The Small And Medium Size Businesses Guide To A Successful Continuity Program
This article is specifically written for any small to medium size business that wants to implement a continuity plan (CP). The information that’s provided within follows the same methodologies used by large corporations. The only difference you’ll find is that the requirements are scaled down, but not compromised. That is, the step-by-step process presented here is realistic, achievable, affordable, workable, and one that meets the practical needs of a smaller type business. Ready?
A Business By Any Other Name Is Still A Business
We’ll start with a simple premise, and your acceptance, that you are a business. It doesn’t matter if you previously labeled your entity as a company, business, department, agency, branch, district, firm, organization, hospital, office, institution, publisher, church, corporation, authority, or partnership. You’re a business. You may be part of the public or private sector, but you’re a business. It doesn’t matter if you consider yourself small, medium in size or large, that you produce or deliver materials, goods or services, or you are for profit or not for profit. You’re still a business, perform all of the functions any business performs, and you need to think like one.
A business starts with some form of business plan or mission statement. Staff is then brought in to produce or deliver materials, goods, or services. Human resources hires the staff that occupies a building you acquired and payroll addresses compensation. You require capital and have a budget. Purchasing acquires your furnishings, equipment, supplies, materials, and/or services. Accounting addresses payment of invoices and books revenue from sales. The business probably has information technology, and uses voice and data services. Legal assistance is sometimes required, you advertise, and insurance is most likely not an option. Almost without exception, taxes are paid. The business grows and expands, remains stagnant or stable, or ceases to exist. Finally, the business has risks and exposures from natural or man-made disasters.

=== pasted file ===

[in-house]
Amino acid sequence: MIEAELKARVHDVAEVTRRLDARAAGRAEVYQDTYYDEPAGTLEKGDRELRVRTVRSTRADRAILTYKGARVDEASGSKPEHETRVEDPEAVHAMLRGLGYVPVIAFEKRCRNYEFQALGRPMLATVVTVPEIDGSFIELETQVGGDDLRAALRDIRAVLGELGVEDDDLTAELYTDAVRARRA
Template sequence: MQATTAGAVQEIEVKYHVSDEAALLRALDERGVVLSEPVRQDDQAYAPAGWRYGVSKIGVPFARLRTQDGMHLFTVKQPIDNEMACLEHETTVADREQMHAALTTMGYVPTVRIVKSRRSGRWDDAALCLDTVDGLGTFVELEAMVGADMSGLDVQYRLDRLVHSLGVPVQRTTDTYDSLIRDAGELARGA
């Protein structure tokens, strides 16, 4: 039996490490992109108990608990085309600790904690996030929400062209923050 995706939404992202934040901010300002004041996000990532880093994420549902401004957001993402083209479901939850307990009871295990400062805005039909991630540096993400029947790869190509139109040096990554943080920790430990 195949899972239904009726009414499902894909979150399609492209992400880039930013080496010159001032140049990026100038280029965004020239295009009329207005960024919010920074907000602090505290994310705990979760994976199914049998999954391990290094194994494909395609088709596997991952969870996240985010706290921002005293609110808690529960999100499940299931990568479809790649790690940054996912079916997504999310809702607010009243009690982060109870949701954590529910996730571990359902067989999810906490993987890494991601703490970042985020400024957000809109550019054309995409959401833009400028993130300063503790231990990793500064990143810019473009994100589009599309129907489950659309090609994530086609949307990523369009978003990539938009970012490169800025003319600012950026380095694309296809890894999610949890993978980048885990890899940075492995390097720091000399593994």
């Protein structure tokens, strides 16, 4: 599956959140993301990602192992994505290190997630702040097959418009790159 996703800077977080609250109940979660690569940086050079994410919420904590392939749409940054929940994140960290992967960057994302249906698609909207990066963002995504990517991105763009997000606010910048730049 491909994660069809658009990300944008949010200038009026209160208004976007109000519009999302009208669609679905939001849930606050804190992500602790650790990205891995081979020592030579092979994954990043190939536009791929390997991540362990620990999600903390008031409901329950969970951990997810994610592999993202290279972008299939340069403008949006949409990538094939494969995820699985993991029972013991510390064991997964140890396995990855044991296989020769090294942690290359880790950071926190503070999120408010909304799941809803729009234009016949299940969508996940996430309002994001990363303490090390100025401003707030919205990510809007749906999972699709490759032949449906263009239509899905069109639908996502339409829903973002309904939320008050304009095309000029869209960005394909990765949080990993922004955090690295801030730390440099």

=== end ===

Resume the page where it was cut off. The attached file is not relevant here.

So are small businesses really different from large ones? The answer is very much so, but not really. If you break it down, you will find that the only differences come in the complexity, number of functions performed, and the number of employees. Other than that, small businesses generally do the same things as large businesses; only they perform them on a much smaller scale. As an example, in a small business, the accounting department may be a staff of 1 or 2. In a large business, the accounting department may easily exceed a hundred. In a large company there may easily be 2 or more full time emergency planners that are certified. In a small company it may be an additional assignment given to someone that has no experience. The point is, the basic needs of both large and small businesses are the same; it’s just on a different scale.
A Realistic, Achievable, And Functional Continuity Program
Almost everyone reading this article is part of a small to medium size business that has interest in developing a disaster recovery or business recovery plan. However, as we progress, you’ll learn that both types of plans are really required. Furthermore, at this time you’re most likely thinking only about a written “plan”. It is my hope that I can expand your thinking beyond just having a plan. Hopefully, you’ll want to start thinking about a total “program”, one that also includes the plan you’re looking for.